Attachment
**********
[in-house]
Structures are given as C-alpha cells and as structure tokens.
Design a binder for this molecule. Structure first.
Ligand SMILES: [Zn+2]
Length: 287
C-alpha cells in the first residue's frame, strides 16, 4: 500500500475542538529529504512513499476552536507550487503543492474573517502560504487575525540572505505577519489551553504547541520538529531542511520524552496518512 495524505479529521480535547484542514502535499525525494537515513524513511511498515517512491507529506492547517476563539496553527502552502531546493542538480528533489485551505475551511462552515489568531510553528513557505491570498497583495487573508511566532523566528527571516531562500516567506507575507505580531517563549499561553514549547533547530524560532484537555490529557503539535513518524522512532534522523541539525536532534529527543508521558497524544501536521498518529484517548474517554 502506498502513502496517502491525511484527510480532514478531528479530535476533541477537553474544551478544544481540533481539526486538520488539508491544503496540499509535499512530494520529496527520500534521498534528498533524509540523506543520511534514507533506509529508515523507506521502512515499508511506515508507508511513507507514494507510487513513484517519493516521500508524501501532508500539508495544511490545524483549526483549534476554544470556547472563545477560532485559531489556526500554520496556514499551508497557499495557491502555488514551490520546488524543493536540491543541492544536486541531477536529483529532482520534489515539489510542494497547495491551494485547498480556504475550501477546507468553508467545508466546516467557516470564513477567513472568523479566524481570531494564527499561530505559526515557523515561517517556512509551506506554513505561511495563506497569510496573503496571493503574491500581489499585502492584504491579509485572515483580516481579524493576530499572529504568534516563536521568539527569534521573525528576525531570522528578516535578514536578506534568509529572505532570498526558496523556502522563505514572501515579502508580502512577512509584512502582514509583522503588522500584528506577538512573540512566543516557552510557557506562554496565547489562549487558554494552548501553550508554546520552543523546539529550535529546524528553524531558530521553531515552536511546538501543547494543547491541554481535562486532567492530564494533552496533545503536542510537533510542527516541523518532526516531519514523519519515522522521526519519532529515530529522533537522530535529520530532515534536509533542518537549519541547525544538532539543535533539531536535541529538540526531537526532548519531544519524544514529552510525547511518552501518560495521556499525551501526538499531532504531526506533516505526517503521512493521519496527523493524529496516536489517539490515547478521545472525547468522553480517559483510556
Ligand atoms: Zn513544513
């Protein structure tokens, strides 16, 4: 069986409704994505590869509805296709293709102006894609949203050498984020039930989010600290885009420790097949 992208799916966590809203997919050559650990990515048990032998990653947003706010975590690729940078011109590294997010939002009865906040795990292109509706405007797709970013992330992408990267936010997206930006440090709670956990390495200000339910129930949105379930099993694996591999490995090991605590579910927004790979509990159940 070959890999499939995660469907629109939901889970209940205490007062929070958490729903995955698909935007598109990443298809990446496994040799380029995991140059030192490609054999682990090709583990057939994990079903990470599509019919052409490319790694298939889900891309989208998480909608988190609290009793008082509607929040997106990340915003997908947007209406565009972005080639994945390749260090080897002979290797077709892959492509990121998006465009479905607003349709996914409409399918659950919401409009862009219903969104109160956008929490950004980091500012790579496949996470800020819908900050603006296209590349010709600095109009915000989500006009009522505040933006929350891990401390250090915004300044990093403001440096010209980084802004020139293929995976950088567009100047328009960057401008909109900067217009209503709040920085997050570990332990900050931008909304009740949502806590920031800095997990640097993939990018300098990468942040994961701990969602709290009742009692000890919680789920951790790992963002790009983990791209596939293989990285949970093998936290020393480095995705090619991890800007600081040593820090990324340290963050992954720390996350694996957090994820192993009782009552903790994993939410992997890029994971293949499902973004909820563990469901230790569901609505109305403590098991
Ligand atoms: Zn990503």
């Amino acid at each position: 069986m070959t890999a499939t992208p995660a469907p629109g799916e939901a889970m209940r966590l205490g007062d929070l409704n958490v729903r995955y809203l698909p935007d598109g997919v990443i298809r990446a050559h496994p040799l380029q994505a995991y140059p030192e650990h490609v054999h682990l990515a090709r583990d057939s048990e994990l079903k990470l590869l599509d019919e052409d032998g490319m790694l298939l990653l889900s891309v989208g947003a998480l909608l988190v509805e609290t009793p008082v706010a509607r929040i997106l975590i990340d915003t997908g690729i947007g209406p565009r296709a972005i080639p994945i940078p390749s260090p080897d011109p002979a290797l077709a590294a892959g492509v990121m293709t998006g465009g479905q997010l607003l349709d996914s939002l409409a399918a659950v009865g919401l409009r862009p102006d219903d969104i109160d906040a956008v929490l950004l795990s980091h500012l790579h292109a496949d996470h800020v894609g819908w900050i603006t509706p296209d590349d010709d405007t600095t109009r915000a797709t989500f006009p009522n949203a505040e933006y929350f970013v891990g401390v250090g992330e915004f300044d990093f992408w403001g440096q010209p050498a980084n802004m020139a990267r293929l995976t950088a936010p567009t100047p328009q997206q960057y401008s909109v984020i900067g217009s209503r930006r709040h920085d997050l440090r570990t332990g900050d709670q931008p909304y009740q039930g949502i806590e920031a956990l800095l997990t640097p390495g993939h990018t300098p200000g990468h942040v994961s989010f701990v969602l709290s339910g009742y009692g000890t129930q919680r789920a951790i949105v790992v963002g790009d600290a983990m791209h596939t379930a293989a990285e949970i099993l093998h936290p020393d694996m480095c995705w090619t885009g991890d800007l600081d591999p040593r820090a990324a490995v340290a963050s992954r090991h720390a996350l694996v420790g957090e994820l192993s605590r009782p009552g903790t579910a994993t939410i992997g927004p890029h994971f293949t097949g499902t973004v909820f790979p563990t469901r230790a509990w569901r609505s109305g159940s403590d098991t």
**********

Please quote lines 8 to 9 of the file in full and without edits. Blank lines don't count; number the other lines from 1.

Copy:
């Protein structure tokens, strides 16, 4: 069986409704994505590869509805296709293709102006894609949203050498984020039930989010600290885009420790097949 992208799916966590809203997919050559650990990515048990032998990653947003706010975590690729940078011109590294997010939002009865906040795990292109509706405007797709970013992330992408990267936010997206930006440090709670956990390495200000339910129930949105379930099993694996591999490995090991605590579910927004790979509990159940 070959890999499939995660469907629109939901889970209940205490007062929070958490729903995955698909935007598109990443298809990446496994040799380029995991140059030192490609054999682990090709583990057939994990079903990470599509019919052409490319790694298939889900891309989208998480909608988190609290009793008082509607929040997106990340915003997908947007209406565009972005080639994945390749260090080897002979290797077709892959492509990121998006465009479905607003349709996914409409399918659950919401409009862009219903969104109160956008929490950004980091500012790579496949996470800020819908900050603006296209590349010709600095109009915000989500006009009522505040933006929350891990401390250090915004300044990093403001440096010209980084802004020139293929995976950088567009100047328009960057401008909109900067217009209503709040920085997050570990332990900050931008909304009740949502806590920031800095997990640097993939990018300098990468942040994961701990969602709290009742009692000890919680789920951790790992963002790009983990791209596939293989990285949970093998936290020393480095995705090619991890800007600081040593820090990324340290963050992954720390996350694996957090994820192993009782009552903790994993939410992997890029994971293949499902973004909820563990469901230790569901609505109305403590098991
Ligand atoms: Zn990503």